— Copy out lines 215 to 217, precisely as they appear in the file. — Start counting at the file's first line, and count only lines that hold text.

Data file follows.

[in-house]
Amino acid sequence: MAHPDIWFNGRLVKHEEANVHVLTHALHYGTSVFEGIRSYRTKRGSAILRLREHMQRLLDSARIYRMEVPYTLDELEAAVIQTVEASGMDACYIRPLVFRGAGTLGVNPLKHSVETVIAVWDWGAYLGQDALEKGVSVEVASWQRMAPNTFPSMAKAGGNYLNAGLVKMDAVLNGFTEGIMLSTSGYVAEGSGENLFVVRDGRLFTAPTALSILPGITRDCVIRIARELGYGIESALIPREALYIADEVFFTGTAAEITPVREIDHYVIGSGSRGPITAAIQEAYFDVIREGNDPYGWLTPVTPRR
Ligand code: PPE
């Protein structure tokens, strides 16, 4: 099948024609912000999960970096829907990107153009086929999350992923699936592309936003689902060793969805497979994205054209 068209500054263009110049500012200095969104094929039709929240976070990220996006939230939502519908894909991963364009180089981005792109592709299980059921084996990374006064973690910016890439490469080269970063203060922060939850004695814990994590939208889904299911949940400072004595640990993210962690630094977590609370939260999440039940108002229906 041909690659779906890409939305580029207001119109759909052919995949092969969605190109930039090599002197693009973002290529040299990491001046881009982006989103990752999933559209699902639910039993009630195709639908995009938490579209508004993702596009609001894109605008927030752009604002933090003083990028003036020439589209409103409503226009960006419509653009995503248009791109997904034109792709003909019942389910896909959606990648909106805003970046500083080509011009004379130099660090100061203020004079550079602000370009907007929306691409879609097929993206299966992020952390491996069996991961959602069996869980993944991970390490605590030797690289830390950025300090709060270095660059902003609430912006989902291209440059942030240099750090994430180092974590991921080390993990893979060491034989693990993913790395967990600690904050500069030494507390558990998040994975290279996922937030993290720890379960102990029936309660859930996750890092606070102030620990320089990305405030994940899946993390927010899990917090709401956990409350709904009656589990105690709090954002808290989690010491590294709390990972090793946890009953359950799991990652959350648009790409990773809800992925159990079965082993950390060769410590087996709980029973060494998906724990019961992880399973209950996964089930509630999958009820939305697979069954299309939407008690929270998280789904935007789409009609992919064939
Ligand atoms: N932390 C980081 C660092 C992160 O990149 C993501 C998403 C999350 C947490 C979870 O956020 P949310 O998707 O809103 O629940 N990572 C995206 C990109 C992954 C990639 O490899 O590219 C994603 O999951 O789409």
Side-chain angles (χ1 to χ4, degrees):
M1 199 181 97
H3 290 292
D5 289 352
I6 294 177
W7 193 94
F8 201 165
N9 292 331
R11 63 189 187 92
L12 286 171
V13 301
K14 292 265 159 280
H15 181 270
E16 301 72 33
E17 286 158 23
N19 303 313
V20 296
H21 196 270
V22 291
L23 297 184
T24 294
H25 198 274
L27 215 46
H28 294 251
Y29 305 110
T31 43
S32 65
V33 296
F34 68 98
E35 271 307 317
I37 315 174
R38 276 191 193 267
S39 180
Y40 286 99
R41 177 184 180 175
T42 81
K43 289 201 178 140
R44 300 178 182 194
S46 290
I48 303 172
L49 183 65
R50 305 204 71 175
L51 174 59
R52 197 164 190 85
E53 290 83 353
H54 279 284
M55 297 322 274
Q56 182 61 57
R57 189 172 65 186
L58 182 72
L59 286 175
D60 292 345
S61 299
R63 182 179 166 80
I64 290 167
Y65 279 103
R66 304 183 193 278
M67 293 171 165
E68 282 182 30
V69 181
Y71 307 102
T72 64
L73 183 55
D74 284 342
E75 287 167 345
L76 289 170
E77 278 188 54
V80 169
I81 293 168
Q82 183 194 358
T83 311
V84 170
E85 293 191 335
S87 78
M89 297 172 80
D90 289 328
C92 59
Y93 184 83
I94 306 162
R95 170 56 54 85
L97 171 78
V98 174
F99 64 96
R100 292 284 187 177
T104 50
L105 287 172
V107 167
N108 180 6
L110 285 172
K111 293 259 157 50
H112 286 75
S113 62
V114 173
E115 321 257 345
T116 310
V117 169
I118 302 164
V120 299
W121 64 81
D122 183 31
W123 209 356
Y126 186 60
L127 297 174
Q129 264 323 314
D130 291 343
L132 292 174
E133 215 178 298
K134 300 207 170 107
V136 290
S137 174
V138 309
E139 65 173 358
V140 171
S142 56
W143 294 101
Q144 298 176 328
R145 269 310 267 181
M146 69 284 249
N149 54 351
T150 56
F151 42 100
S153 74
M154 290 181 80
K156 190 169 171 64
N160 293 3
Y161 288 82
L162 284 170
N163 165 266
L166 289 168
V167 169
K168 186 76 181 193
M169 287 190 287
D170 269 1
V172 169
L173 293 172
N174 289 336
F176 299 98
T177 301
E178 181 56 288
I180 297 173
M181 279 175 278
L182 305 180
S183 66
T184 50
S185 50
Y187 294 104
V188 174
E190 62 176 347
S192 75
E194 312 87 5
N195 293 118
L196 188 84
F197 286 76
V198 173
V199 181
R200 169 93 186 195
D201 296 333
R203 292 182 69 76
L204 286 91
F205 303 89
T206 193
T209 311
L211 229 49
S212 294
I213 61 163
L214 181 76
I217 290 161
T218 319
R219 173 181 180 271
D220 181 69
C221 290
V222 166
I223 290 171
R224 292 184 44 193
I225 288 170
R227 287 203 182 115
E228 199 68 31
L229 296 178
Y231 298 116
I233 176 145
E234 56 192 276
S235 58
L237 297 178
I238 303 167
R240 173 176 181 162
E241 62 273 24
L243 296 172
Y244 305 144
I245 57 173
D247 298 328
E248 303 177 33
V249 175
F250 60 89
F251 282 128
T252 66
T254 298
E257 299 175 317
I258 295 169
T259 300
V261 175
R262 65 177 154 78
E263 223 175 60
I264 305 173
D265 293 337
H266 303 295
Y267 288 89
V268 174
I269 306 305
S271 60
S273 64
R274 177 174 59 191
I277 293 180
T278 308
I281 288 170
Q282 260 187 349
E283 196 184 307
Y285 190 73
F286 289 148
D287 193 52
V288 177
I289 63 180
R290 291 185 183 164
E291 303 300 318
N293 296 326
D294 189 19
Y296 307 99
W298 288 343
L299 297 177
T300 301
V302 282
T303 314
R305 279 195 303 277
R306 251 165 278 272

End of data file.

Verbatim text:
S273 64
R274 177 174 59 191
I277 293 180